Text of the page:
The way things were? Not at all


Starting again Monday, we're 'allowed'. We can work one day in the week on the campus. What a relief for me, and for my colleagues too, no doubt. Finally, we're coming back, getting back to the way things were. But make no mistake!

It all seems so easy and doable when you are working from home. Got to keep your distance from your colleagues? No problem! In the virtual workspace you can sit as close to your screen as you like, no cough screen needed.

A maximum number of people in an office? Consider it done! In our MS Team bubble our motto is ‘the more, the merrier’. It seems like people are actually easier to reach for an interview than they used to be; happy to have a little extra contact with others.

One-way traffic and following the right pedestrian routes when you are on campus? As easy as pie it seems from reading the regular emails issued by the Corona Crisis Team. What a herculean challenge, by the way, this corona crisis has presented for everyone on that team. This accursed virus and everything it has spawned has been their sole concern, day and night, for more than six months. All to make life as safe and well-ordered as possible for the rest of us.

So much for the virtual world. What about in 3D? The reins have been loosened a little, even though a second wave lies in wait. People are fed up, feel invincible - consciously or unconsciously. And the fact that we are being allowed to come back to the university - little by little, but still - starting this coming week creates a feeling of ‘the end is in sight’. And: it's all possible again! What a relief, for so many people, and certainly for me. There are few things I enjoy doing quite as much as strolling around the campus, having conversations with whoever I meet along the way. As a person I feel energized, as a journalist, I'm gathering information. It's what we do, it's our profession.

My colleagues and I were allowed to stroll around on campus a little earlier, during Intro, so that we could report on events. Boy, did that feel good and familiar. And this week Wednesday we were there for the Master's Kick-off. It felt almost normal again. So normal that when I asked a group whether I could photograph them for Cursor, they answered, ‘Oh, we'll first have to shift to sit at one meter fifty from each other’. Very strange, but at the time it didn't register with me.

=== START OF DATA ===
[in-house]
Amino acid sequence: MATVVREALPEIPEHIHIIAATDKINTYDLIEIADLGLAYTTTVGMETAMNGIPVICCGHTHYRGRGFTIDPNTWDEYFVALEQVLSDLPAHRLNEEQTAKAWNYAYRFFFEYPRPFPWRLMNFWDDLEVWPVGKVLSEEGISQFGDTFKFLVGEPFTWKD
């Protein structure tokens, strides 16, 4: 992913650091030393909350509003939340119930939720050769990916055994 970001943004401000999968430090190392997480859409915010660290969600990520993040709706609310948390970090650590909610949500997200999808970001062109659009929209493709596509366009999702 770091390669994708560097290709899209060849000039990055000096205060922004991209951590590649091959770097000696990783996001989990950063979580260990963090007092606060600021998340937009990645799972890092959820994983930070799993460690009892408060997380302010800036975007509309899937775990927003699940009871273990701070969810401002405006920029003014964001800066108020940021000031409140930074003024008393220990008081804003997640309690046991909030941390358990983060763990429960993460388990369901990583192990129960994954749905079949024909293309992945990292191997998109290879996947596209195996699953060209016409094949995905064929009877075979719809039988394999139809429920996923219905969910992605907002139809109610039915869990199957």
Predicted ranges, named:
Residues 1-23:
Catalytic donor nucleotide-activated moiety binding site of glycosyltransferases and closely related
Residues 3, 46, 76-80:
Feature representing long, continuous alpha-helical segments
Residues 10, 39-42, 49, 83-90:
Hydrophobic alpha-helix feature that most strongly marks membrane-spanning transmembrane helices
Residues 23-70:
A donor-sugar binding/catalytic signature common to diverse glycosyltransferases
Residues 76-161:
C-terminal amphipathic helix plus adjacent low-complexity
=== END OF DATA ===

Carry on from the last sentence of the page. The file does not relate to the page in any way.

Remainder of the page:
I keep my distance from people, but sometimes I simply forget. Back on campus, colleague Monique and I often found ourselves remarking ‘Oh crap, this is too close,’ as we put our heads together to look at one or other's screen, or walked out the door side by side to go and get lunch. Being together again creates a false sense of safety.

Keeping distance? Easy to do online, but a lot less manageable in the real world. Take the maximum number of people in the office, for example. Do you send people away when they walk in to share a news item? During Intro our video reporters were always walking in and out, repeatedly taking our quota over the limit for short bursts of time. Do you step out of the office yourself, to make the numbers okay? I didn't.

One-way traffic on the campus, following the right routing? Sometimes when I was going about my business on automatic pilot, I would forget to pay attention to the arrows on the floor as I headed for the stairs in the Auditorium. Some stairs were cordoned off and that took me by surprise. I mean, I always take those stairs, don't I? Because it seems like everything is back to the way things were. So that means I don't have to think about all this. Even when reality brings you up short.

Another example. I posted a great photo of the life-sized TU/e logo that stands in the hall in Atlas. Nice cover for on our Facebook page. It was late when I decided ‘I'll just quickly post it on our header, and I hadn't paid enough attention to the two people in the photo who were clearly not 1m 50 apart. So it wasn't long before the photo drew a - entirely justified - comment. And that person was right. The photo has since been changed. After all, we really don't want to set the wrong example.

On Monday we can return to the university. Gradually and little by little, and with a lot of precautionary measures in place, but even so: keep your wits about you, be alert to what you do and what others do. It may feel like it the way things used to be. But it isn't, not at all.

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